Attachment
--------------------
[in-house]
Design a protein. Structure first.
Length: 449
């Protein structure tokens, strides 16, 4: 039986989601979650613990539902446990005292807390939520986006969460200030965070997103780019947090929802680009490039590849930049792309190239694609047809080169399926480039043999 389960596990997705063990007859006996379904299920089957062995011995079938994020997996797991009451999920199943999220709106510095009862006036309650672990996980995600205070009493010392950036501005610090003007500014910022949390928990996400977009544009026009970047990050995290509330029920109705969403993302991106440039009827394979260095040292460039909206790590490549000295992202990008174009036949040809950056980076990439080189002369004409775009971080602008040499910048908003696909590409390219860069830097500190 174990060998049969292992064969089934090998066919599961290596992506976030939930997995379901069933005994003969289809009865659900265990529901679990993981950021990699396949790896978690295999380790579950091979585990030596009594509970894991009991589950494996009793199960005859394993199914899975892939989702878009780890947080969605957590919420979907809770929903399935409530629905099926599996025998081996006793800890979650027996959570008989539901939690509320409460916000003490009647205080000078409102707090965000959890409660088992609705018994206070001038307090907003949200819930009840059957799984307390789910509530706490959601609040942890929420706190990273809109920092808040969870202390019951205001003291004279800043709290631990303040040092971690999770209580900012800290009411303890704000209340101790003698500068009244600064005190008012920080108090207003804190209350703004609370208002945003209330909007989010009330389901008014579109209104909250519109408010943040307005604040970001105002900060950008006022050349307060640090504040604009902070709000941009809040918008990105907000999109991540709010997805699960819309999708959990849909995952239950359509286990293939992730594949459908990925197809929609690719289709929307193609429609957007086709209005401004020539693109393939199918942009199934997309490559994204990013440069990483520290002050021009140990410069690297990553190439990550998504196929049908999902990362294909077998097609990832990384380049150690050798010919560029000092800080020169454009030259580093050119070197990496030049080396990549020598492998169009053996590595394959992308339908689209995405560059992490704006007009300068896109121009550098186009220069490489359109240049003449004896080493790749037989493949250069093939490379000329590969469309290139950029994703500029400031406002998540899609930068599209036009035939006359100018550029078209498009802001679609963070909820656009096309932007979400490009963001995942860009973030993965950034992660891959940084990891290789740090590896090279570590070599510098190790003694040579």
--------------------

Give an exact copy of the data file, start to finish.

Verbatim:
[in-house]
Design a protein. Structure first.
Length: 449
């Protein structure tokens, strides 16, 4: 039986989601979650613990539902446990005292807390939520986006969460200030965070997103780019947090929802680009490039590849930049792309190239694609047809080169399926480039043999 389960596990997705063990007859006996379904299920089957062995011995079938994020997996797991009451999920199943999220709106510095009862006036309650672990996980995600205070009493010392950036501005610090003007500014910022949390928990996400977009544009026009970047990050995290509330029920109705969403993302991106440039009827394979260095040292460039909206790590490549000295992202990008174009036949040809950056980076990439080189002369004409775009971080602008040499910048908003696909590409390219860069830097500190 174990060998049969292992064969089934090998066919599961290596992506976030939930997995379901069933005994003969289809009865659900265990529901679990993981950021990699396949790896978690295999380790579950091979585990030596009594509970894991009991589950494996009793199960005859394993199914899975892939989702878009780890947080969605957590919420979907809770929903399935409530629905099926599996025998081996006793800890979650027996959570008989539901939690509320409460916000003490009647205080000078409102707090965000959890409660088992609705018994206070001038307090907003949200819930009840059957799984307390789910509530706490959601609040942890929420706190990273809109920092808040969870202390019951205001003291004279800043709290631990303040040092971690999770209580900012800290009411303890704000209340101790003698500068009244600064005190008012920080108090207003804190209350703004609370208002945003209330909007989010009330389901008014579109209104909250519109408010943040307005604040970001105002900060950008006022050349307060640090504040604009902070709000941009809040918008990105907000999109991540709010997805699960819309999708959990849909995952239950359509286990293939992730594949459908990925197809929609690719289709929307193609429609957007086709209005401004020539693109393939199918942009199934997309490559994204990013440069990483520290002050021009140990410069690297990553190439990550998504196929049908999902990362294909077998097609990832990384380049150690050798010919560029000092800080020169454009030259580093050119070197990496030049080396990549020598492998169009053996590595394959992308339908689209995405560059992490704006007009300068896109121009550098186009220069490489359109240049003449004896080493790749037989493949250069093939490379000329590969469309290139950029994703500029400031406002998540899609930068599209036009035939006359100018550029078209498009802001679609963070909820656009096309932007979400490009963001995942860009973030993965950034992660891959940084990891290789740090590896090279570590070599510098190790003694040579």